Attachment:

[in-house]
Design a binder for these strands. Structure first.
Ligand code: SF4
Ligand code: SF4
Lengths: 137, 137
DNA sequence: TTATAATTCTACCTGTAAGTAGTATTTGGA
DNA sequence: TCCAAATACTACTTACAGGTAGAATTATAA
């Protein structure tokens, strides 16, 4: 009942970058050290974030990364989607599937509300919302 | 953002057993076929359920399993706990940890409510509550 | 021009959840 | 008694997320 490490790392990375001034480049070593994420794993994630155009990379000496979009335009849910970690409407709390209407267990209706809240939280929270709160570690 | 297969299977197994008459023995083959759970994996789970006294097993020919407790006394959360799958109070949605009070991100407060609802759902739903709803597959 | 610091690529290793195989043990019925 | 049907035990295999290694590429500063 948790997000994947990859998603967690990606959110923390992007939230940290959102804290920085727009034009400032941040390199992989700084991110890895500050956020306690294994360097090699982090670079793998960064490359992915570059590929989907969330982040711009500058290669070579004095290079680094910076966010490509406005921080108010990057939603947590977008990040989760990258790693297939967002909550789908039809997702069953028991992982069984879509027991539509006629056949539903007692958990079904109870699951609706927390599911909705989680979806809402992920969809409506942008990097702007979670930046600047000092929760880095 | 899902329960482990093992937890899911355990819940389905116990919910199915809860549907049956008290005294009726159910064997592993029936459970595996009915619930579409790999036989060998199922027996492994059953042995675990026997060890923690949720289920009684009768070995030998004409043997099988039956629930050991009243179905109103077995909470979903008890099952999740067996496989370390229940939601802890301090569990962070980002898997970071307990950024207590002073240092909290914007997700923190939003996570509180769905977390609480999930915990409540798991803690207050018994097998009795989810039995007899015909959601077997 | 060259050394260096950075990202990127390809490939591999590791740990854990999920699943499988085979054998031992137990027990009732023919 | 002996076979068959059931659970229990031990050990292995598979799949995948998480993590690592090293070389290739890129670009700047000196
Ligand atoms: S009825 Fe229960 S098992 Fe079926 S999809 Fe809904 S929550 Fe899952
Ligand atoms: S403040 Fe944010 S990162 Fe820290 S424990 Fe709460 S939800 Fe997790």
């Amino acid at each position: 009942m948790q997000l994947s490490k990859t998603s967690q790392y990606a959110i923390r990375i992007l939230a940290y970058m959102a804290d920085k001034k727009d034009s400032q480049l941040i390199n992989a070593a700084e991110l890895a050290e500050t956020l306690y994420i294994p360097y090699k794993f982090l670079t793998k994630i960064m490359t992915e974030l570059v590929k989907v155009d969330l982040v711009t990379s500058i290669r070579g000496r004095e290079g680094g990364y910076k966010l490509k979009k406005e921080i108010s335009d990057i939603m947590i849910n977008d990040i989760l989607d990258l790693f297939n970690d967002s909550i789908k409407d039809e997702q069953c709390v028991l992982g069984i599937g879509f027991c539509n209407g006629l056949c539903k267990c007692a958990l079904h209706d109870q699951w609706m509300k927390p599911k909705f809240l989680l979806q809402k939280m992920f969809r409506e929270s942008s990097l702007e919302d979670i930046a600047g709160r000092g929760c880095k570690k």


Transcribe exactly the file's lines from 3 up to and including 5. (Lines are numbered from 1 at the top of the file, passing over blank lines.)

Ligand code: SF4
Ligand code: SF4
Lengths: 137, 137